Newsletter 3, May 2020



St. Martin's week begins on Tuesday at 8 am with a little prayer.  It consists of a prayer, a Bible reading and the opportunity for those present to share experiences and experiences from their professional or everyday life that are inspired by prayer or the Bible passage - or just as it is burning on the tongue. Every week a different program or department is leading the prayers. This is followed by the administrative part, where various reports or communications from the management or from the programs and departments are presented. Then the programs start into the week and the courtyard of St. Martin resembles a small bus station until all people and goods are properly loaded and the minibuses depart. At about 10h30 there is tea (i.e. Kenyan chai), which is always served in front of the kitchen on Tuesdays. TOn the other days it is taken to the offices. Today I'm concentrating on completing a first draft of the fundraising flyer. Parts of the text and some matching pictures are still missing.  Lunch break is from 1 pm to 2 pm which I usually spend in my nearby house.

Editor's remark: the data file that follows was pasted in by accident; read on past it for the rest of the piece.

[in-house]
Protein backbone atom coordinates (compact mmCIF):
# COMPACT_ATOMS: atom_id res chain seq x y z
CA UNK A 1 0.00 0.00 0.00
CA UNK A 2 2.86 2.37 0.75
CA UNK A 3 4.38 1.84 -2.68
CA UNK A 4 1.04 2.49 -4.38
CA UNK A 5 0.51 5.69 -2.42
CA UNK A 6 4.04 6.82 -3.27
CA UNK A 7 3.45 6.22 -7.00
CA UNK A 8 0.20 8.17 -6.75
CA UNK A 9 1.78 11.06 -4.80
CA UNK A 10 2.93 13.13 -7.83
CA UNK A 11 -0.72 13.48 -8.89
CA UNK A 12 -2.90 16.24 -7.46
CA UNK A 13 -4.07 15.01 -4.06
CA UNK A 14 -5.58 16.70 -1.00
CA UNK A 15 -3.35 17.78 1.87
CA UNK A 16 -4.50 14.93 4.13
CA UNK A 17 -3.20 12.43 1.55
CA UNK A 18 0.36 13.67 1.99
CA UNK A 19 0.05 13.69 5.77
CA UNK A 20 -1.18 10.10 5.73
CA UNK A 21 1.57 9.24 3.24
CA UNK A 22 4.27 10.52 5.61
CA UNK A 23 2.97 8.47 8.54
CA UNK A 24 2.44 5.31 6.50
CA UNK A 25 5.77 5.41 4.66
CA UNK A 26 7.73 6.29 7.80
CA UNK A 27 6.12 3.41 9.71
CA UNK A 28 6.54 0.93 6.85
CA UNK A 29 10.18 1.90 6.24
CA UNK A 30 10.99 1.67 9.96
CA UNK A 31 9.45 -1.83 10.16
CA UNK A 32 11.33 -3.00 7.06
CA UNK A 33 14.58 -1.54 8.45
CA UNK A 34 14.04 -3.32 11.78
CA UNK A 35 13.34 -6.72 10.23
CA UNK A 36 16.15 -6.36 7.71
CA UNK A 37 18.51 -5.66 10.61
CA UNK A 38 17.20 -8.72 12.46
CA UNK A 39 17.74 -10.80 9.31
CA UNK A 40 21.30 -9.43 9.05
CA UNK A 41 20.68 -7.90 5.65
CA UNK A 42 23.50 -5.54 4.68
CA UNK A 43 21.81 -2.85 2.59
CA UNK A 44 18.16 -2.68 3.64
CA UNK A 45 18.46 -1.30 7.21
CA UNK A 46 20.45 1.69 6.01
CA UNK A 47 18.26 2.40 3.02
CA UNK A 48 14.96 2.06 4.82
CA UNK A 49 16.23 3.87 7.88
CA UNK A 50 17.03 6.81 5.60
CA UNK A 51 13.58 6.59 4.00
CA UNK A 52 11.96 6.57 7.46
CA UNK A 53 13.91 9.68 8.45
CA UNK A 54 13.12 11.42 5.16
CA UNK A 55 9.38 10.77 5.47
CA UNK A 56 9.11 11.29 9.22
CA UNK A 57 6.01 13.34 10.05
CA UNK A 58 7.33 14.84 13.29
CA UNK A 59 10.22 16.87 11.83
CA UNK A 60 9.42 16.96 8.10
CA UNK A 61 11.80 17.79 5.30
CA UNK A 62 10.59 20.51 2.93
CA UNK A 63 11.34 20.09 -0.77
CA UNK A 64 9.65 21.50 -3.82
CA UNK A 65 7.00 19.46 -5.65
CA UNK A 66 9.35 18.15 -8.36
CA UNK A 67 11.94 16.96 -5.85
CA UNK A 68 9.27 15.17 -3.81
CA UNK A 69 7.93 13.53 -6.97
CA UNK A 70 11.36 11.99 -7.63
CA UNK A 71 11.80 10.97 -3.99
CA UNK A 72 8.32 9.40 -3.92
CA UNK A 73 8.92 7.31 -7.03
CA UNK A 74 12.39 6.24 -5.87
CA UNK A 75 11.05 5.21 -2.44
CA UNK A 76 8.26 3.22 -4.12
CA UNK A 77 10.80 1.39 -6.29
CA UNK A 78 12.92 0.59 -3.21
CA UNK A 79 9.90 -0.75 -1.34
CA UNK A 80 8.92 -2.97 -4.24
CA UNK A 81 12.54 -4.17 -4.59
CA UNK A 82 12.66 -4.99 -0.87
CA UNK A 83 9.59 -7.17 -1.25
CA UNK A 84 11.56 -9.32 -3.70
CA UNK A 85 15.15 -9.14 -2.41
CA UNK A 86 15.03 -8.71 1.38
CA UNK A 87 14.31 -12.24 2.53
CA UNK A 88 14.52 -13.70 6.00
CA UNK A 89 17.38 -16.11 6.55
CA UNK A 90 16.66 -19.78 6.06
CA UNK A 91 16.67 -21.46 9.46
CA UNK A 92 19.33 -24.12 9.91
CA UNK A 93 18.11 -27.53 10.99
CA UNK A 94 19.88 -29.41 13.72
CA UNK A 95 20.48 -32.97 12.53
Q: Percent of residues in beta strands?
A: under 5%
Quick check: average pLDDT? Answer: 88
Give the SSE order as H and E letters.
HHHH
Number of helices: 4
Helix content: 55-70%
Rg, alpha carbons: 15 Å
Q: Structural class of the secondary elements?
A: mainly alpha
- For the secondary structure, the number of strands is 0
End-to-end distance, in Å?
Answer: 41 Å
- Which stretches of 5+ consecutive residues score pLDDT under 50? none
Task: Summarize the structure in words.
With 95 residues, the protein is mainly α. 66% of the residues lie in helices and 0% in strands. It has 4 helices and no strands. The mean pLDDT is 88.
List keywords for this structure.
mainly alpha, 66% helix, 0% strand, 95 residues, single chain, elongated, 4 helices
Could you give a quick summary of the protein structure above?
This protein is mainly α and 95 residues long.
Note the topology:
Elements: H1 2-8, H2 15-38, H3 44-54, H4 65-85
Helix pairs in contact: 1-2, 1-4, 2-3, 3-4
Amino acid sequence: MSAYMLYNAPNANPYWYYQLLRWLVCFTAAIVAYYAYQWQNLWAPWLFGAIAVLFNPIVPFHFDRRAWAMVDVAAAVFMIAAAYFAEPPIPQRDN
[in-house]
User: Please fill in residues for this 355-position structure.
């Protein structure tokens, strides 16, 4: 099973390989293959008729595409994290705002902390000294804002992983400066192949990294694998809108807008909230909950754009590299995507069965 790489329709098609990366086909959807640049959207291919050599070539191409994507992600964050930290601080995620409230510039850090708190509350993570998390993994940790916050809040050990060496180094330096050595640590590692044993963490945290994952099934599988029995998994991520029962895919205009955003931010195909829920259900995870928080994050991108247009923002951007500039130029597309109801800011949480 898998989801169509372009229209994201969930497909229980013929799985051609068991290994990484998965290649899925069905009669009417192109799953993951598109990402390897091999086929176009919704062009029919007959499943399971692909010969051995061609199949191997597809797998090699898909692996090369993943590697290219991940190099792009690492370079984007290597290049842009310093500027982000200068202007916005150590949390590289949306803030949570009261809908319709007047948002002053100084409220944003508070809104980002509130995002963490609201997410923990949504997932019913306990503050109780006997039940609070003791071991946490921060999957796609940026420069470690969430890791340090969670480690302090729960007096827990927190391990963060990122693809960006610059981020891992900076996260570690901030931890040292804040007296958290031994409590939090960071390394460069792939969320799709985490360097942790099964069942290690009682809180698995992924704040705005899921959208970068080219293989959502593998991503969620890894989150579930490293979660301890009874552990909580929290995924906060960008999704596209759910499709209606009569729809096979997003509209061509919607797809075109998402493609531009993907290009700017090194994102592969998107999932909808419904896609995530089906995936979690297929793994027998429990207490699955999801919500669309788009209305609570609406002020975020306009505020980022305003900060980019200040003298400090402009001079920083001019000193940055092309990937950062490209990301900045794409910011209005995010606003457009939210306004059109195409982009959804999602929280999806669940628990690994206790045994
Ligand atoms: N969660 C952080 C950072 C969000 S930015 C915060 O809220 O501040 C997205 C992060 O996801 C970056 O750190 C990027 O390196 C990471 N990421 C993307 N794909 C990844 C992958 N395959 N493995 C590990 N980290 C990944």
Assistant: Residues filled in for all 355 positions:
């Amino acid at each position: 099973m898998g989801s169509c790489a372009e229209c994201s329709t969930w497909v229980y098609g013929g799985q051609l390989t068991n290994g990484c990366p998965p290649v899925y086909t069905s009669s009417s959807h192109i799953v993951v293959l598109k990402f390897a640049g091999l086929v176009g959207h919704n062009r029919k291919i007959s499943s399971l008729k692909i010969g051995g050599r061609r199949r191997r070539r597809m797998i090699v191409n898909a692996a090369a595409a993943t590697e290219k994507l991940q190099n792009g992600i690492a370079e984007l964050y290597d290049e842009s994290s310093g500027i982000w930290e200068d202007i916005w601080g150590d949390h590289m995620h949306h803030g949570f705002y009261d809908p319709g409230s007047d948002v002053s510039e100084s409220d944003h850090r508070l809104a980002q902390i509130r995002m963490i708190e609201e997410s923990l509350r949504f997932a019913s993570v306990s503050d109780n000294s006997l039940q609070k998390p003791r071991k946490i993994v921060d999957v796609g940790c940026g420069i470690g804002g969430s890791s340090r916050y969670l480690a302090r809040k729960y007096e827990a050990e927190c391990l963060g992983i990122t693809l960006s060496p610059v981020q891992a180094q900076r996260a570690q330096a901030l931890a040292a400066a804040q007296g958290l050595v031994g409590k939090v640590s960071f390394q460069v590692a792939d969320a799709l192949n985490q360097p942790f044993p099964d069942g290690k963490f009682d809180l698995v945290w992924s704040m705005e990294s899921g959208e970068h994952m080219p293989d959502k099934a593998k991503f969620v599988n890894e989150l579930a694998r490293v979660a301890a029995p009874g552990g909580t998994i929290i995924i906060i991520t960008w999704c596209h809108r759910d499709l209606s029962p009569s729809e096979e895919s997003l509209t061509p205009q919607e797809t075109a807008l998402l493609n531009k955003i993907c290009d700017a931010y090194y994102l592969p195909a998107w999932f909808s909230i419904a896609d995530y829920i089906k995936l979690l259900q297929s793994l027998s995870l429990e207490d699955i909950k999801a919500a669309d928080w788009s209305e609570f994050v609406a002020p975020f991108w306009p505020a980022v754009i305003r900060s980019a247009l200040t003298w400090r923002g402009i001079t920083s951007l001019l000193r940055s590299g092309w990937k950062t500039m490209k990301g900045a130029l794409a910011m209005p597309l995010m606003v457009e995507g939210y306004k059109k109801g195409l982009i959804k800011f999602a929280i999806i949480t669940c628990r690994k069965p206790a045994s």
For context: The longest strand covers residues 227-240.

In the afternoon we have a first coordination meeting for this year's fundraising campaign. A committee of personalities and business people from Nyahururu was formed last year. The volunteer committee committed for three years and organized a fundraising dinner for the new program for mental health. We now need to discuss what we are doing this year.

At 5 pm the office closes. I check how my tomato seedlings are doing and relax a little in the evening sun in front of my house.